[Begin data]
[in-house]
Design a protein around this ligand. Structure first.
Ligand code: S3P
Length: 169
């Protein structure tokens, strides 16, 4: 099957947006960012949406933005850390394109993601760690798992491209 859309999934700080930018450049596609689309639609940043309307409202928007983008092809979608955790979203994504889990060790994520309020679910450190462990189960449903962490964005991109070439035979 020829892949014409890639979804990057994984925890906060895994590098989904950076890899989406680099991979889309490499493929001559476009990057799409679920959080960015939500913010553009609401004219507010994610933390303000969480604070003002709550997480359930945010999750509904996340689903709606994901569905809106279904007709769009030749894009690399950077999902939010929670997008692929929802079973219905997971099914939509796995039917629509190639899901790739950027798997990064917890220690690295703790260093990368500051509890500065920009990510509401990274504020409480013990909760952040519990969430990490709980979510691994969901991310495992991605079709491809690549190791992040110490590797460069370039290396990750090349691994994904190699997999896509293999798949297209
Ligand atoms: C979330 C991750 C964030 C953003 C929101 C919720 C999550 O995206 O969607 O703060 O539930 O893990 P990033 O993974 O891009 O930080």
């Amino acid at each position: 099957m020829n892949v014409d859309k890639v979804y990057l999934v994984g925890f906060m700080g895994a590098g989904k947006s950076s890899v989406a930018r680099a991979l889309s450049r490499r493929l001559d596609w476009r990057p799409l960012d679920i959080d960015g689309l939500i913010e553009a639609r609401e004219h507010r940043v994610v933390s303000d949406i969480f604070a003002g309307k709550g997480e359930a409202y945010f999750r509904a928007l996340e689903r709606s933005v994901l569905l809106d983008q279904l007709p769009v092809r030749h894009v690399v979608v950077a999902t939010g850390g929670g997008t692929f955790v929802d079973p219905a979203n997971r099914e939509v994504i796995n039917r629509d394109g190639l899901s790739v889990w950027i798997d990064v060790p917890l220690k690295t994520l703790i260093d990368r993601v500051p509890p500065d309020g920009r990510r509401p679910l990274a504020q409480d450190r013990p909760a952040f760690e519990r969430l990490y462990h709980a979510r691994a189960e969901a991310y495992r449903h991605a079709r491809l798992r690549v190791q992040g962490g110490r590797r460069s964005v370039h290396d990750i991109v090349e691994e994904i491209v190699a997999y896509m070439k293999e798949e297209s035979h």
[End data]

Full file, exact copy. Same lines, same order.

[in-house]
Design a protein around this ligand. Structure first.
Ligand code: S3P
Length: 169
């Protein structure tokens, strides 16, 4: 099957947006960012949406933005850390394109993601760690798992491209 859309999934700080930018450049596609689309639609940043309307409202928007983008092809979608955790979203994504889990060790994520309020679910450190462990189960449903962490964005991109070439035979 020829892949014409890639979804990057994984925890906060895994590098989904950076890899989406680099991979889309490499493929001559476009990057799409679920959080960015939500913010553009609401004219507010994610933390303000969480604070003002709550997480359930945010999750509904996340689903709606994901569905809106279904007709769009030749894009690399950077999902939010929670997008692929929802079973219905997971099914939509796995039917629509190639899901790739950027798997990064917890220690690295703790260093990368500051509890500065920009990510509401990274504020409480013990909760952040519990969430990490709980979510691994969901991310495992991605079709491809690549190791992040110490590797460069370039290396990750090349691994994904190699997999896509293999798949297209
Ligand atoms: C979330 C991750 C964030 C953003 C929101 C919720 C999550 O995206 O969607 O703060 O539930 O893990 P990033 O993974 O891009 O930080």
């Amino acid at each position: 099957m020829n892949v014409d859309k890639v979804y990057l999934v994984g925890f906060m700080g895994a590098g989904k947006s950076s890899v989406a930018r680099a991979l889309s450049r490499r493929l001559d596609w476009r990057p799409l960012d679920i959080d960015g689309l939500i913010e553009a639609r609401e004219h507010r940043v994610v933390s303000d949406i969480f604070a003002g309307k709550g997480e359930a409202y945010f999750r509904a928007l996340e689903r709606s933005v994901l569905l809106d983008q279904l007709p769009v092809r030749h894009v690399v979608v950077a999902t939010g850390g929670g997008t692929f955790v929802d079973p219905a979203n997971r099914e939509v994504i796995n039917r629509d394109g190639l899901s790739v889990w950027i798997d990064v060790p917890l220690k690295t994520l703790i260093d990368r993601v500051p509890p500065d309020g920009r990510r509401p679910l990274a504020q409480d450190r013990p909760a952040f760690e519990r969430l990490y462990h709980a979510r691994a189960e969901a991310y495992r449903h991605a079709r491809l798992r690549v190791q992040g962490g110490r590797r460069s964005v370039h290396d990750i991109v090349e691994e994904i491209v190699a997999y896509m070439k293999e798949e297209s035979h």